'I haven't slept since riots', Ealing pub manager says
A week after rioters ransacked shops and set buildings ablaze in parts of London, many local residents and business owners are struggling with the task of moving on with their lives.
In Ealing Green, the evidence of destroyed buildings and damaged lives is all too apparent.
While some shops are open for business, many remain boarded up.
A burnt-out supermarket, which was set alight by looters in the early hours of Tuesday, is still partially covered by police cordons and scaffolding. Many of the flats above the supermarket remain uninhabitable.
"I am losing thousands of pounds a day. I'm living off my savings until the insurance money comes through - which I'm hoping will be in a couple of weeks' time - but it could be four to six months until we are able to reopen," says Ravi Khurmy, 40.
He is the owner of Local Supermarket, which suffered the worst of the local looting before it was set alight.
'Stuck in limbo'
"I'm absolutely gutted - thinking about it makes my heart sink," he says.
Zakar Hussain, 35, who owns the closed Green Mango cafe, which is next to the supermarket, is still struggling to come to terms with what has happened to the business he started only four months ago.
"I'm beyond upset - I put so much blood, sweat and effort into setting up this business, and now, through no fault of my own, it's totally destroyed," he says.
The former senior manager for a car rental company says he "gave up everything" to open the Asian-themed cafe and take-away, and invested in excess of £100,000 to get it off the ground.
"Now there is water everywhere from putting the fire out, soot everywhere, the whole place smells of burning. We've still got no electricity or gas," he says.
"I've spoken to my insurance company and I hope they are going to cover everything, but we can't do anything until there is a roof, until it's air tight. I'm stuck in limbo. I don't know where the next pay cheque is going to come from, and I've got a mortgage and employees to take care of."
Mr Hussain says he is determined to get his business back on track, but worries that it could take a few months.
"I'm not going to be let down by criminals. This was just a small minority, most of the young people around here are good and polite. And the local community has been very supportive," he says.
Polka Rastovic, who has run Crispins Wine Bar - a few doors down - with her husband for 30 years, agrees that the local community has helped the healing process.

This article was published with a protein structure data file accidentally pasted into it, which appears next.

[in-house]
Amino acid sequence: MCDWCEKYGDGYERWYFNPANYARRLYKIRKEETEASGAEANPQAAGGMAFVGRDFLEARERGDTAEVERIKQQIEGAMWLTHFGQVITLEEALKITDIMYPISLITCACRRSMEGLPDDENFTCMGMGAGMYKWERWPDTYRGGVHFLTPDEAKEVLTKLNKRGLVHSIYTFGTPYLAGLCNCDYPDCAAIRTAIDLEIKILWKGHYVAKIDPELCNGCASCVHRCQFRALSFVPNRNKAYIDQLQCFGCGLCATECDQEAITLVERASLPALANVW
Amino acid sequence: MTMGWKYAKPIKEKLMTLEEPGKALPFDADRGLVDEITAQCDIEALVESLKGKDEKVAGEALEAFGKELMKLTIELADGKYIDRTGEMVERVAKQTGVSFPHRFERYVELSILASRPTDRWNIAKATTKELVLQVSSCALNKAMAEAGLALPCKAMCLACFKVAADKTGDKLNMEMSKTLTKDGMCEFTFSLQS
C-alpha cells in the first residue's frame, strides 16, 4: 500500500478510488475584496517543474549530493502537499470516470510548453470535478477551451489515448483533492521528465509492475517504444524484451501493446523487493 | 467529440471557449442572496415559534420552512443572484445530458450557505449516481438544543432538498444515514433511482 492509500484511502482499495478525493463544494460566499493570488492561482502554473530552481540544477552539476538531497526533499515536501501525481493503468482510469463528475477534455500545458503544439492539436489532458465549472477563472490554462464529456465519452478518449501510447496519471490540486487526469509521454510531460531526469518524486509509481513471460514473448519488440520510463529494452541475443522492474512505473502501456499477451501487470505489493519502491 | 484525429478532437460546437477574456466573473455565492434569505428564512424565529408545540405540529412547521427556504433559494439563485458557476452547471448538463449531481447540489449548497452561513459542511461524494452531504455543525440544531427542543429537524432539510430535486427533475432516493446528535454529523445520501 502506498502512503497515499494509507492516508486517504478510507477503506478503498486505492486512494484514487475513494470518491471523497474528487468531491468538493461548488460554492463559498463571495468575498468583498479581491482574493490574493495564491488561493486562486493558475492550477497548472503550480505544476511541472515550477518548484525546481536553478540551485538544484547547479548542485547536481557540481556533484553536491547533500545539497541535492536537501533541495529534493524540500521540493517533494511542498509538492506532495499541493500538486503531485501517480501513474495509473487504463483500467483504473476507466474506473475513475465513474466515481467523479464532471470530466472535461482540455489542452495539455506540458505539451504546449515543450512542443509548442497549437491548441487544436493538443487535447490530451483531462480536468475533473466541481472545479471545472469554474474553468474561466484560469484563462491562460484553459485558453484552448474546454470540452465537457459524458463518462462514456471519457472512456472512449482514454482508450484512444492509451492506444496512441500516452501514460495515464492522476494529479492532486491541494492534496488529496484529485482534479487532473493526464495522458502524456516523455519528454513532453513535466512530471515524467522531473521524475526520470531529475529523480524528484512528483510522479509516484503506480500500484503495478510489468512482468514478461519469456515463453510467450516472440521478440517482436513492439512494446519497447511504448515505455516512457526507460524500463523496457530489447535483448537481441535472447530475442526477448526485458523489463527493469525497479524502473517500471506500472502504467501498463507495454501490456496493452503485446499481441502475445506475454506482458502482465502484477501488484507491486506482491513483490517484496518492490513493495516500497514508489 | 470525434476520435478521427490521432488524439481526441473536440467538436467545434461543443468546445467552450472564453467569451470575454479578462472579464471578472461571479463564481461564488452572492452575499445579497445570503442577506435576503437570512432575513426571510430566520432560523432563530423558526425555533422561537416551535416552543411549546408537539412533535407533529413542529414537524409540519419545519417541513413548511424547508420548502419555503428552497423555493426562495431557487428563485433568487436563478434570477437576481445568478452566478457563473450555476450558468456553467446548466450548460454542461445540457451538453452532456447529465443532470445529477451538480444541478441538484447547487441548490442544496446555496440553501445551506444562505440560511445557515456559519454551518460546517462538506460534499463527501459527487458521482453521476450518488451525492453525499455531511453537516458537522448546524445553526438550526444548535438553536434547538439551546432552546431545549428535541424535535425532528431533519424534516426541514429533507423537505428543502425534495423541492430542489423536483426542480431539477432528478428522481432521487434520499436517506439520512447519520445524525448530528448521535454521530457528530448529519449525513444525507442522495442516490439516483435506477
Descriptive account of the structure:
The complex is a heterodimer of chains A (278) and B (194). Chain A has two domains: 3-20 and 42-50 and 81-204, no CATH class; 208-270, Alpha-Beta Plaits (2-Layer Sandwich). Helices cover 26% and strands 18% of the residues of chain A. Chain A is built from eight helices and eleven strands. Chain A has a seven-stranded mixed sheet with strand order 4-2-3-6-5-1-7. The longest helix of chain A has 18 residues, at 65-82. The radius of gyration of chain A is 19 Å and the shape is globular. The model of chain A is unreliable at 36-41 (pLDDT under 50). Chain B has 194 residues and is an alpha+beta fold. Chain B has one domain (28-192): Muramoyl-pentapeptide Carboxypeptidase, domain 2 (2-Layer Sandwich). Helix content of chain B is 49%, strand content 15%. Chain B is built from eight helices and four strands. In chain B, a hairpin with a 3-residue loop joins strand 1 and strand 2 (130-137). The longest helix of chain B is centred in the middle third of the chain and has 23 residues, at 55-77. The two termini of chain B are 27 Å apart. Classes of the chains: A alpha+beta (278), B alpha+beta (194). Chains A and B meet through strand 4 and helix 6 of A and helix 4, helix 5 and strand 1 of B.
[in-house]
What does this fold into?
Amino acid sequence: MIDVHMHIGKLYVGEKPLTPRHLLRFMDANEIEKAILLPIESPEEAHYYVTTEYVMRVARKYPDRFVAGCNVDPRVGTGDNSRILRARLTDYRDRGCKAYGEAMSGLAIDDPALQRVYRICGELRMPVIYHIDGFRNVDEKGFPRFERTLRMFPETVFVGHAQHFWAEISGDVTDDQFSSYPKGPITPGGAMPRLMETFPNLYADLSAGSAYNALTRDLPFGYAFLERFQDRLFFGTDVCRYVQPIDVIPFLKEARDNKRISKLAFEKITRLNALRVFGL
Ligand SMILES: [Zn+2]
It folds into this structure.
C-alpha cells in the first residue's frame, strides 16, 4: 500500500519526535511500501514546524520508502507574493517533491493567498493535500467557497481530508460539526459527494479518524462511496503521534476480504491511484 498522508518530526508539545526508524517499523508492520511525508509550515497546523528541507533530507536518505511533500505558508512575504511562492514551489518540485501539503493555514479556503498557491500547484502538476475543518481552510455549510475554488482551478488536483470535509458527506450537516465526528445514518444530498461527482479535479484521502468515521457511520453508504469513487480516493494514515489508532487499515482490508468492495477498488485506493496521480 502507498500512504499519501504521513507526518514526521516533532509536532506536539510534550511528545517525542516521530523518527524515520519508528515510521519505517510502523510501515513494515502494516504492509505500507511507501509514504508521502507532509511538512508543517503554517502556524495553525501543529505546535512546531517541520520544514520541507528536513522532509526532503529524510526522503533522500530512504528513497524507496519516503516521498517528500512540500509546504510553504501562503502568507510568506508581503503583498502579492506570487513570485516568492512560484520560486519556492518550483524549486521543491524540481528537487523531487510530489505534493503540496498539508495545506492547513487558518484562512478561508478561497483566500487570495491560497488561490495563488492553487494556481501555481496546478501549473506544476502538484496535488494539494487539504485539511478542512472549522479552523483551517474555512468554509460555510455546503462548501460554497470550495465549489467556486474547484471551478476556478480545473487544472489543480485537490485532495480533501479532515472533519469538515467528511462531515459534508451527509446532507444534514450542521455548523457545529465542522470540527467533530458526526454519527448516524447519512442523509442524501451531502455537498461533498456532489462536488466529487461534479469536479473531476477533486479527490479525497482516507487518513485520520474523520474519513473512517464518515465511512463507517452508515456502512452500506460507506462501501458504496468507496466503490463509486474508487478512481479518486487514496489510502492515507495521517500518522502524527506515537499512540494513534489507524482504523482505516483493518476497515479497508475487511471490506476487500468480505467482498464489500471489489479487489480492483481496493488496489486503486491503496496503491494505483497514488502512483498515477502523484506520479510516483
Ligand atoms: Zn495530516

She says she was hiding at the back of the bar when masked youths broke down her door and started smashing all the bottles of spirits.
"I think they were trying to make petrol bombs to burn the place down. I was very frightened. They were wild and didn't care about anything, then they were on the roof. I was surrounded - it was like a horror dream," she says.
But she says the community has been bringing in flowers and insisting on buying drinks even though the bar is not back to normal yet.
"We are trying to show the youths they are not as strong as they think," she says.
Peter Thomas, the head of finance at Pathways, a local charity which also owns the freehold of several properties in the area, says the initial estimate of the cost of the structural damage to the immediate area - which includes seven damaged shops and 13 damaged flats - is £2m.
But he says that does not take into account the cost of goods, any other contents, loss of earnings or the "human misery".
Another person who is losing out to the looters is Nick Patel, 54, a landlord with two properties above Local Supermarket.
"It could take weeks, months, to sort out - my tenants have to be looked after, and insurance people have to go through formalities. And this is coming in a recession," he says.
Flat owner Dr John Baksi, 36, has had to move out of his property above the supermarket.
"I've lost the contents in my loft. There is a lot of water damage in my lounge, and water and smoke damage throughout. I'm relieved it's not gutted, but it's a great inconvenience, luckily work have been really understanding," he says.
But although he has praise for the firefighters for preserving the building, he says he is annoyed that the fire was "potentially avoidable".
"I'm disappointed the police were so slow when violence was first reported - there seemed to be no apparent protection for residents," he says.
Another man who is still suffering from the aftermath of the riots is Alan O'Donoghue, the manager of the Kings Arms pub.
He says he was upstairs when a group kicked the door in at 02:00 BST on Tuesday.
"I heard all the clumps. They smashed out windows, turned over tables and chairs, cleared out the fridges, destroyed the tills and smashed all the spirits. They tried to set the bar on fire, and soaked all furniture in alcohol - one of the chairs [caught fire], but luckily nothing else."
He says he was outraged by what happened and is still traumatised.
"I haven't slept since it happened. It's always in the back of my mind that it could happen again. But I need to get over it and concentrate on the business, I can't be feeling sorry for myself," he says.